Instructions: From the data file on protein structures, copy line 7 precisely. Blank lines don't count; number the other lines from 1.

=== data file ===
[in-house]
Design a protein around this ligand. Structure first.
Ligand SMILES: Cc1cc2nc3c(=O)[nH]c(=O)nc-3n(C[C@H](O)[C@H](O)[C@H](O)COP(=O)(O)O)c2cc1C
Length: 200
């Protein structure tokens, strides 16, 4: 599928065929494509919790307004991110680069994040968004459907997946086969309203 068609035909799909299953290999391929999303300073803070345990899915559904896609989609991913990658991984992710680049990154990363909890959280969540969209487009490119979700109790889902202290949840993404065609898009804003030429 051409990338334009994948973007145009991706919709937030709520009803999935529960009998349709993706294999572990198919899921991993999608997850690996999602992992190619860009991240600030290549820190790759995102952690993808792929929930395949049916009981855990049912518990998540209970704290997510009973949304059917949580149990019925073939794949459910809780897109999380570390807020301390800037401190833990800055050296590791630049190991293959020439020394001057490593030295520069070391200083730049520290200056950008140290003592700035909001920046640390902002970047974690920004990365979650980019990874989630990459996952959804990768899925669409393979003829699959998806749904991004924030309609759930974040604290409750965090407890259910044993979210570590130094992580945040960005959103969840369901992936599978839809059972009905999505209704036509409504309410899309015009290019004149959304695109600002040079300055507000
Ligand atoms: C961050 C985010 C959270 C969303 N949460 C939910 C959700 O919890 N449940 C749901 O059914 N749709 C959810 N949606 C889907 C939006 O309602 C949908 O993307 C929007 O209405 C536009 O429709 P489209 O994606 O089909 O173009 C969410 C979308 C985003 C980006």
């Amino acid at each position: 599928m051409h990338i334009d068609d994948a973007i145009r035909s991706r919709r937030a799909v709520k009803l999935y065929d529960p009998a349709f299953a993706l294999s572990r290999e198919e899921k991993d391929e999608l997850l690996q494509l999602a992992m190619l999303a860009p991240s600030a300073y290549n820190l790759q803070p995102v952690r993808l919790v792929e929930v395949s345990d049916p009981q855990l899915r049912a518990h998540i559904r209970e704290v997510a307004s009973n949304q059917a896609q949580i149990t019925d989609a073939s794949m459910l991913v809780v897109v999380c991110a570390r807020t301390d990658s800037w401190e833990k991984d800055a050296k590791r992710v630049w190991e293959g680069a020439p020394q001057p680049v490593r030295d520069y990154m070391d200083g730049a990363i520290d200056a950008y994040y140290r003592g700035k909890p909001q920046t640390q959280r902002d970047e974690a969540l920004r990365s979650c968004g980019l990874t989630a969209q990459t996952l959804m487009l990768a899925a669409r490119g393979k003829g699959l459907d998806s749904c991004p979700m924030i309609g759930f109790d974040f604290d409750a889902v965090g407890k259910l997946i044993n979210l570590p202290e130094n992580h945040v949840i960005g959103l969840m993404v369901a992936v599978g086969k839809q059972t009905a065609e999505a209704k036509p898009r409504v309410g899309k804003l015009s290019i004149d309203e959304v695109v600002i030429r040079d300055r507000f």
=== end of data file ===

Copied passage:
């Amino acid at each position: 599928m051409h990338i334009d068609d994948a973007i145009r035909s991706r919709r937030a799909v709520k009803l999935y065929d529960p009998a349709f299953a993706l294999s572990r290999e198919e899921k991993d391929e999608l997850l690996q494509l999602a992992m190619l999303a860009p991240s600030a300073y290549n820190l790759q803070p995102v952690r993808l919790v792929e929930v395949s345990d049916p009981q855990l899915r049912a518990h998540i559904r209970e704290v997510a307004s009973n949304q059917a896609q949580i149990t019925d989609a073939s794949m459910l991913v809780v897109v999380c991110a570390r807020t301390d990658s800037w401190e833990k991984d800055a050296k590791r992710v630049w190991e293959g680069a020439p020394q001057p680049v490593r030295d520069y990154m070391d200083g730049a990363i520290d200056a950008y994040y140290r003592g700035k909890p909001q920046t640390q959280r902002d970047e974690a969540l920004r990365s979650c968004g980019l990874t989630a969209q990459t996952l959804m487009l990768a899925a669409r490119g393979k003829g699959l459907d998806s749904c991004p979700m924030i309609g759930f109790d974040f604290d409750a889902v965090g407890k259910l997946i044993n979210l570590p202290e130094n992580h945040v949840i960005g959103l969840m993404v369901a992936v599978g086969k839809q059972t009905a065609e999505a209704k036509p898009r409504v309410g899309k804003l015009s290019i004149d309203e959304v695109v600002i030429r040079d300055r507000f």